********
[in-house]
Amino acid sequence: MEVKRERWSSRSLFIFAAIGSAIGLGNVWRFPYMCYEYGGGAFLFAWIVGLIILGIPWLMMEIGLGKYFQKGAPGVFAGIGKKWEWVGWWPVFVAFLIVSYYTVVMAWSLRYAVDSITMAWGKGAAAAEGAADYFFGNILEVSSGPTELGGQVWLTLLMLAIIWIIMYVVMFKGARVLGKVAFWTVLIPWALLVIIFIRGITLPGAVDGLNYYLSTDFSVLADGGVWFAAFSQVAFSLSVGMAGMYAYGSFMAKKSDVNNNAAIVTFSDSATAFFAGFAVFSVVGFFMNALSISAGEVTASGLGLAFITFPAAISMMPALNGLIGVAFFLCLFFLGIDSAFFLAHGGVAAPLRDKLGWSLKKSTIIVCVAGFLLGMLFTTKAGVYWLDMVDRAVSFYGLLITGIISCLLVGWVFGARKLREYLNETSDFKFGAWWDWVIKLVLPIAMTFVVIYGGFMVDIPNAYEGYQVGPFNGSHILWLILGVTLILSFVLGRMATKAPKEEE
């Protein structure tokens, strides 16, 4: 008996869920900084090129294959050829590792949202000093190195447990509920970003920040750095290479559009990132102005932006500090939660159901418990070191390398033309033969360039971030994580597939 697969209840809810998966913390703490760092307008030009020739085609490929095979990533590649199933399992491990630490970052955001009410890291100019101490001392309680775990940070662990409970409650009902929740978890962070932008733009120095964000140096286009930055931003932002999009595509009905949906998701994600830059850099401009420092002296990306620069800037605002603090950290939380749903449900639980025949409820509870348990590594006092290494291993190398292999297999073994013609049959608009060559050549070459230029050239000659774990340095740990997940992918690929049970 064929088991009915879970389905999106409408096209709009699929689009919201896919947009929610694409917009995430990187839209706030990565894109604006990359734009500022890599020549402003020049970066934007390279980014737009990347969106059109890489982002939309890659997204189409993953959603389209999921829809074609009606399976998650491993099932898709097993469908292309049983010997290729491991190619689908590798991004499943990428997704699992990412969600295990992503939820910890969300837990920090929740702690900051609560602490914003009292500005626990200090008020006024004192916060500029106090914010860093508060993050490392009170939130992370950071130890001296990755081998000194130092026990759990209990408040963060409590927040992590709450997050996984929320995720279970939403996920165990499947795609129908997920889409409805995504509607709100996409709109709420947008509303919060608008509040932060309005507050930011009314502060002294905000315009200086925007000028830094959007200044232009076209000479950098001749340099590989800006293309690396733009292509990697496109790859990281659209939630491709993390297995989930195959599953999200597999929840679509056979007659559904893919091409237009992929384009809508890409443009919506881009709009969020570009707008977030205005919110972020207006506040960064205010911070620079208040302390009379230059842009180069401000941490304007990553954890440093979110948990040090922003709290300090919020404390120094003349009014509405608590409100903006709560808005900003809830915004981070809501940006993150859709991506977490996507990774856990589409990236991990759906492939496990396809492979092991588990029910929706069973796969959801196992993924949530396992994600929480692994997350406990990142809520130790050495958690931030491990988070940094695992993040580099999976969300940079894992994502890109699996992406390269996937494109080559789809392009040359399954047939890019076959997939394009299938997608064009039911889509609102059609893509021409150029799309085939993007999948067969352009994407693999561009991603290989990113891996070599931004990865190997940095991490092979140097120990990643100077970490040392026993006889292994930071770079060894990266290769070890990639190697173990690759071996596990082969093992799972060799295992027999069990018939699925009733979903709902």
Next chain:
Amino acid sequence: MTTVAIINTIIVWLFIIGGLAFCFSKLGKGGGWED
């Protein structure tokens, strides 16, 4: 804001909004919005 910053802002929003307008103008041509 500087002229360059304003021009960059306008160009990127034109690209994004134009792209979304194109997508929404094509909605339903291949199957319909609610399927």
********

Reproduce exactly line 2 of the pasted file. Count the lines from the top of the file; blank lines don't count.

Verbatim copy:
Amino acid sequence: MEVKRERWSSRSLFIFAAIGSAIGLGNVWRFPYMCYEYGGGAFLFAWIVGLIILGIPWLMMEIGLGKYFQKGAPGVFAGIGKKWEWVGWWPVFVAFLIVSYYTVVMAWSLRYAVDSITMAWGKGAAAAEGAADYFFGNILEVSSGPTELGGQVWLTLLMLAIIWIIMYVVMFKGARVLGKVAFWTVLIPWALLVIIFIRGITLPGAVDGLNYYLSTDFSVLADGGVWFAAFSQVAFSLSVGMAGMYAYGSFMAKKSDVNNNAAIVTFSDSATAFFAGFAVFSVVGFFMNALSISAGEVTASGLGLAFITFPAAISMMPALNGLIGVAFFLCLFFLGIDSAFFLAHGGVAAPLRDKLGWSLKKSTIIVCVAGFLLGMLFTTKAGVYWLDMVDRAVSFYGLLITGIISCLLVGWVFGARKLREYLNETSDFKFGAWWDWVIKLVLPIAMTFVVIYGGFMVDIPNAYEGYQVGPFNGSHILWLILGVTLILSFVLGRMATKAPKEEE